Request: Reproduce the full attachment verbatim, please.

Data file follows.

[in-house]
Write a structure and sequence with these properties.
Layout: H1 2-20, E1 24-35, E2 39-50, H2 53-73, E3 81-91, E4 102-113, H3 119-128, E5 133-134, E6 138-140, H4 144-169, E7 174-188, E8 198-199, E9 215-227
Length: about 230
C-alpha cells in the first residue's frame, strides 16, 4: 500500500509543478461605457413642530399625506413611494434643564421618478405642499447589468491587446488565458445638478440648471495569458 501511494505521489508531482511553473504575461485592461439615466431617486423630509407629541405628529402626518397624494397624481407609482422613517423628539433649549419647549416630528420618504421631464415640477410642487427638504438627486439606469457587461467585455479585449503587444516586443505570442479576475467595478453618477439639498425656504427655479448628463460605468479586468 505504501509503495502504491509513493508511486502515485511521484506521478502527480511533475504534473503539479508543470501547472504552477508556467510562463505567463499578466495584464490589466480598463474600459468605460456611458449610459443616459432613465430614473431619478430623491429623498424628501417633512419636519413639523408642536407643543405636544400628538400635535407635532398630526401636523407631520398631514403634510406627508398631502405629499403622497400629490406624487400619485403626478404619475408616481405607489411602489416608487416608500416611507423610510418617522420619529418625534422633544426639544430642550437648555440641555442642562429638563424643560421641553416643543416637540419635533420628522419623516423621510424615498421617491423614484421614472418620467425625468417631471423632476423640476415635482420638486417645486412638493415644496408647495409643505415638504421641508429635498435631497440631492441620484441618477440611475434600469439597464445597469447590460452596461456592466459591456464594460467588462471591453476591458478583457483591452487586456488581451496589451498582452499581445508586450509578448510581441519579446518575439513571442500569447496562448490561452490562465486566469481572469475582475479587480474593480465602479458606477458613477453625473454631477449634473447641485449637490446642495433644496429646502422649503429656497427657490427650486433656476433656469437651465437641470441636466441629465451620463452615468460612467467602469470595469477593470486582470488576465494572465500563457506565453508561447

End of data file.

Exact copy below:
[in-house]
Write a structure and sequence with these properties.
Layout: H1 2-20, E1 24-35, E2 39-50, H2 53-73, E3 81-91, E4 102-113, H3 119-128, E5 133-134, E6 138-140, H4 144-169, E7 174-188, E8 198-199, E9 215-227
Length: about 230
C-alpha cells in the first residue's frame, strides 16, 4: 500500500509543478461605457413642530399625506413611494434643564421618478405642499447589468491587446488565458445638478440648471495569458 501511494505521489508531482511553473504575461485592461439615466431617486423630509407629541405628529402626518397624494397624481407609482422613517423628539433649549419647549416630528420618504421631464415640477410642487427638504438627486439606469457587461467585455479585449503587444516586443505570442479576475467595478453618477439639498425656504427655479448628463460605468479586468 505504501509503495502504491509513493508511486502515485511521484506521478502527480511533475504534473503539479508543470501547472504552477508556467510562463505567463499578466495584464490589466480598463474600459468605460456611458449610459443616459432613465430614473431619478430623491429623498424628501417633512419636519413639523408642536407643543405636544400628538400635535407635532398630526401636523407631520398631514403634510406627508398631502405629499403622497400629490406624487400619485403626478404619475408616481405607489411602489416608487416608500416611507423610510418617522420619529418625534422633544426639544430642550437648555440641555442642562429638563424643560421641553416643543416637540419635533420628522419623516423621510424615498421617491423614484421614472418620467425625468417631471423632476423640476415635482420638486417645486412638493415644496408647495409643505415638504421641508429635498435631497440631492441620484441618477440611475434600469439597464445597469447590460452596461456592466459591456464594460467588462471591453476591458478583457483591452487586456488581451496589451498582452499581445508586450509578448510581441519579446518575439513571442500569447496562448490561452490562465486566469481572469475582475479587480474593480465602479458606477458613477453625473454631477449634473447641485449637490446642495433644496429646502422649503429656497427657490427650486433656476433656469437651465437641470441636466441629465451620463452615468460612467467602469470595469477593470486582470488576465494572465500563457506565453508561447